The Annie E. Casey Foundation outlines how child welfare agencies can attract and retain talented child welfare case workers in its new report, A Child Welfare Leader’s Desk Guide to Building a High-Performing Agency.
“Child welfare leaders and staff take on challenging, critical positions in our communities,” says Tracey Feild, manager of Casey’s Child Welfare Strategy Group. “They have direct contact with children and families. They spend considerable time in court, arranging for in-home services and supports, searching for relatives, doing paperwork and planning transportation. These workers need skills and ongoing training and supervision to perform their important roles.”
The desk guide devotes an entire section to sharing key steps agencies can take to give caseworkers and foster parents the supports they need to help children and families. This section also offers tips for gauging an agency’s performance.
“We provide questions that communities, governors, advocates and agency leaders can ask to gauge an agency’s human resource, training and supervision models and compare them to others across the nation. Keeping caseloads manageable and providing tools and training to do the job — these are difficult but crucial steps to ensuring child safety and building stronger families,” Feild adds.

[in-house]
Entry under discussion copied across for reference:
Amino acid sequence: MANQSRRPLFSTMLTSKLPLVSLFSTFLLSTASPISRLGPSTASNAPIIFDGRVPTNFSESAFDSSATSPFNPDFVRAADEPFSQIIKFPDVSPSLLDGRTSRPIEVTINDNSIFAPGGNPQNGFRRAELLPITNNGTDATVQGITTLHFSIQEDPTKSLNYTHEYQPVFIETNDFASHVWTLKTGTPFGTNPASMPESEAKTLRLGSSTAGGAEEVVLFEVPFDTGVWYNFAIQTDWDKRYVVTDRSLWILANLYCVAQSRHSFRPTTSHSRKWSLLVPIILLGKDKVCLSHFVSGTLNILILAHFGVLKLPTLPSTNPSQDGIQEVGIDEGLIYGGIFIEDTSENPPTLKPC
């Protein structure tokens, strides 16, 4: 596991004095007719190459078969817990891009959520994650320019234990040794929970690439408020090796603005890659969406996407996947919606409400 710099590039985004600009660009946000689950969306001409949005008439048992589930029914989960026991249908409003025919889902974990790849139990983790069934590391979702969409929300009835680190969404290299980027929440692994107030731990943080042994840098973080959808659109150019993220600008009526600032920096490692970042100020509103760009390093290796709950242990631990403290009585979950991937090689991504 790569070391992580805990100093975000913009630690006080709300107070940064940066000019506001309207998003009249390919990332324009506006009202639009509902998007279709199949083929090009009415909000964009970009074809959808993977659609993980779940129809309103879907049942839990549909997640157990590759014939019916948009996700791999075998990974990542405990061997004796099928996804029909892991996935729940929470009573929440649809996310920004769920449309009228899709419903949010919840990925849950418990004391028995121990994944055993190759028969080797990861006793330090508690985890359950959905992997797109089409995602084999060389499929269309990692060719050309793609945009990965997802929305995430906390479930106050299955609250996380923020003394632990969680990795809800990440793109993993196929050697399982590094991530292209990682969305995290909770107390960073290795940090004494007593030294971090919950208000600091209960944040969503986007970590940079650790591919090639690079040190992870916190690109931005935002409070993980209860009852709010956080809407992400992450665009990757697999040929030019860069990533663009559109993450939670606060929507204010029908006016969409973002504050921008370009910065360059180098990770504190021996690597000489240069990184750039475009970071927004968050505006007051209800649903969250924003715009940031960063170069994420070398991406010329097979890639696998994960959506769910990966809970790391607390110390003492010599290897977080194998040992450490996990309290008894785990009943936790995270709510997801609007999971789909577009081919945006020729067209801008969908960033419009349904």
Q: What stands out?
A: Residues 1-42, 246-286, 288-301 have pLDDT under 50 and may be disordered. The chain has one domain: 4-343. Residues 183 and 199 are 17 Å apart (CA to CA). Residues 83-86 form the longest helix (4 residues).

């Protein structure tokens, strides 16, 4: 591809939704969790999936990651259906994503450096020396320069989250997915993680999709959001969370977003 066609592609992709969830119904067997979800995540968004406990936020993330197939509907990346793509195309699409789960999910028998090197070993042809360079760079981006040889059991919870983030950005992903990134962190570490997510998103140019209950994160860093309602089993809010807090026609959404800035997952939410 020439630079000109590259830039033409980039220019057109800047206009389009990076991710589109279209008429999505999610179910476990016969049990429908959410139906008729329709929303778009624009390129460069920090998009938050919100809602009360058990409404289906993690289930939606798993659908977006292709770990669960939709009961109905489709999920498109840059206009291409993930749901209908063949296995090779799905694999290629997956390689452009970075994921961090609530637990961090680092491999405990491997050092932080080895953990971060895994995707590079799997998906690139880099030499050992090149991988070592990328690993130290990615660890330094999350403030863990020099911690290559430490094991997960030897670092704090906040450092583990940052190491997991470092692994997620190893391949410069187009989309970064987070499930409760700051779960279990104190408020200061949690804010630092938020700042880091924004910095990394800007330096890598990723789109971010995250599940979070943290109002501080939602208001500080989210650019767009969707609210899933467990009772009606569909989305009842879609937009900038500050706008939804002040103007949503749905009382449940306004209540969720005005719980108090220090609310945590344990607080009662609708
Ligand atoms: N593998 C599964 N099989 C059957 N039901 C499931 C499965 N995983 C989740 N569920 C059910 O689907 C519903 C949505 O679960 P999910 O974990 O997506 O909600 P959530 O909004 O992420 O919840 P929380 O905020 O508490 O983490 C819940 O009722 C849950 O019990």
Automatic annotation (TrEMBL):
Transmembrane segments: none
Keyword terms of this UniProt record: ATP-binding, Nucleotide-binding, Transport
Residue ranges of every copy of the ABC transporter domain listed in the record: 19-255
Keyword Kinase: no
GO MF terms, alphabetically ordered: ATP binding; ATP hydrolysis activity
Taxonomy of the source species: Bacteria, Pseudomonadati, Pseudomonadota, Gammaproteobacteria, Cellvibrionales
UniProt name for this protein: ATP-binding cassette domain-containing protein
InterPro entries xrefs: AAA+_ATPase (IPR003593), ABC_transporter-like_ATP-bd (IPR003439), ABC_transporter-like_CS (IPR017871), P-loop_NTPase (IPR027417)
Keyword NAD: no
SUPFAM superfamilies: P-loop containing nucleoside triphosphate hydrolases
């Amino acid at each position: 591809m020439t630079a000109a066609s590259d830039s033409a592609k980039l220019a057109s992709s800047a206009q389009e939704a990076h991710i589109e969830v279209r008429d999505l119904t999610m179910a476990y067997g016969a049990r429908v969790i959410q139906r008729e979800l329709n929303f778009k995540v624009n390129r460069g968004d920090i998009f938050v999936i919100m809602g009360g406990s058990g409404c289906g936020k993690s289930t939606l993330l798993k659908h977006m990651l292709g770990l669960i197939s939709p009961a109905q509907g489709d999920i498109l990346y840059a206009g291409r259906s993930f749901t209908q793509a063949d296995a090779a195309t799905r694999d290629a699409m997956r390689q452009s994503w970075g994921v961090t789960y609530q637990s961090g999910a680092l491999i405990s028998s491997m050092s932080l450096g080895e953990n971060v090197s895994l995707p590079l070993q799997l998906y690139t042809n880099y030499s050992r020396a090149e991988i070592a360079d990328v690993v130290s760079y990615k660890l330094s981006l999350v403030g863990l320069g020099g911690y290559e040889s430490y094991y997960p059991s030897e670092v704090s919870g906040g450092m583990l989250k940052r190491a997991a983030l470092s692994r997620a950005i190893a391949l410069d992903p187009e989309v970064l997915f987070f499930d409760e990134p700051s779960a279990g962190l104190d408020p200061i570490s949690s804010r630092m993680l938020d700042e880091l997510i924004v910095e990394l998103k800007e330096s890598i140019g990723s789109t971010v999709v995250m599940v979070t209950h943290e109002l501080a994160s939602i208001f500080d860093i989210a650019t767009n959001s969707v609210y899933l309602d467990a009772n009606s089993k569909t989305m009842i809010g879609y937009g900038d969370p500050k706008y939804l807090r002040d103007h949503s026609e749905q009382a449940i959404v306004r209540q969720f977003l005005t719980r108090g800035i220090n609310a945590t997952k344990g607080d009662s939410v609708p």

Real change is possible, says Feild, who highlights how child welfare agencies in Connecticut, Indiana and Colorado have improved workplace conditions.
Connecticut’s Department of Children and Families beefed up its caseworker training and family engagement curricula. It also launched an agencywide “Support is Everyone’s Job” campaign to underscore the importance of foster parents as key frontline practitioners.
Indiana instituted a comprehensive 12-week curriculum, which helped guide smart decision making across the agency and drive better results for kids and families.
Agencies in three counties are working to recruit staff with the same strengths as their best case workers. This work is part of Casey’s On the Frontline project, which is helping select state and local jurisdictions develop innovative approaches to child protective services investigations.
“The stronger our case workers, the better our ability to make good decisions and help children and families,” says Natalie Mall, associate director of the Department of Human Services, Division of Children, Youth and Families in Jefferson County, Colorado. “And slowing down staff turnover would provide us with a huge benefit because a skilled and stable workforce increases our ability to help kids and families.”
Read the full 10-part practice guide
Skip directly to the focus of this post: Practice #2, which helps agencies find and keep skilled caseworkers.